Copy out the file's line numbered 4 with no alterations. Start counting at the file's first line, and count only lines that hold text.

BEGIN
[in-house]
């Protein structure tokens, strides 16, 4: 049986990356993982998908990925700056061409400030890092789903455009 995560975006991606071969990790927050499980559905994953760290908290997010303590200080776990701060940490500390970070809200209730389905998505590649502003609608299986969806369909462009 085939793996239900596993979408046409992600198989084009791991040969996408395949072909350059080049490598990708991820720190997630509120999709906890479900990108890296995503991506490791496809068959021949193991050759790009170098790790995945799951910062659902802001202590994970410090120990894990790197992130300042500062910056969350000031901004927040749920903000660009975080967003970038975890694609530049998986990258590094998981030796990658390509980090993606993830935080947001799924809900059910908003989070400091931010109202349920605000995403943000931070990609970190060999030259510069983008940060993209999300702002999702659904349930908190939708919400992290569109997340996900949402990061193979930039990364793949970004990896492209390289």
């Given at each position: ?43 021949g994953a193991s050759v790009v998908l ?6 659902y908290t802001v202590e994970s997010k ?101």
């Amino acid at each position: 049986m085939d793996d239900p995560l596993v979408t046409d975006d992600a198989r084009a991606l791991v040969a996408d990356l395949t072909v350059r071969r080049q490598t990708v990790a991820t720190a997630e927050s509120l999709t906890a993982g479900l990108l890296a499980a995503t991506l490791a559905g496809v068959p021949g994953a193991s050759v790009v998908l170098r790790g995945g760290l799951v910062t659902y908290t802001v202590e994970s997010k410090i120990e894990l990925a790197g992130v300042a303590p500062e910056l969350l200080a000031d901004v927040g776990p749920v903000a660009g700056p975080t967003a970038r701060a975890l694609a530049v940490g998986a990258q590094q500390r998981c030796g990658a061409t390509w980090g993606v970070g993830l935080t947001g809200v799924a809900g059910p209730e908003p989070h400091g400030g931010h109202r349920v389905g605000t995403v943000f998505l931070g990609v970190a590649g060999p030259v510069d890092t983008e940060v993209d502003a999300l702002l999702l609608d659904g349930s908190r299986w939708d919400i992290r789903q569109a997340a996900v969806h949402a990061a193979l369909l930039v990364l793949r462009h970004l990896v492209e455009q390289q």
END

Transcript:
């Amino acid at each position: 049986m085939d793996d239900p995560l596993v979408t046409d975006d992600a198989r084009a991606l791991v040969a996408d990356l395949t072909v350059r071969r080049q490598t990708v990790a991820t720190a997630e927050s509120l999709t906890a993982g479900l990108l890296a499980a995503t991506l490791a559905g496809v068959p021949g994953a193991s050759v790009v998908l170098r790790g995945g760290l799951v910062t659902y908290t802001v202590e994970s997010k410090i120990e894990l990925a790197g992130v300042a303590p500062e910056l969350l200080a000031d901004v927040g776990p749920v903000a660009g700056p975080t967003a970038r701060a975890l694609a530049v940490g998986a990258q590094q500390r998981c030796g990658a061409t390509w980090g993606v970070g993830l935080t947001g809200v799924a809900g059910p209730e908003p989070h400091g400030g931010h109202r349920v389905g605000t995403v943000f998505l931070g990609v970190a590649g060999p030259v510069d890092t983008e940060v993209d502003a999300l702002l999702l609608d659904g349930s908190r299986w939708d919400i992290r789903q569109a997340a996900v969806h949402a990061a193979l369909l930039v990364l793949r462009h970004l990896v492209e455009q390289q």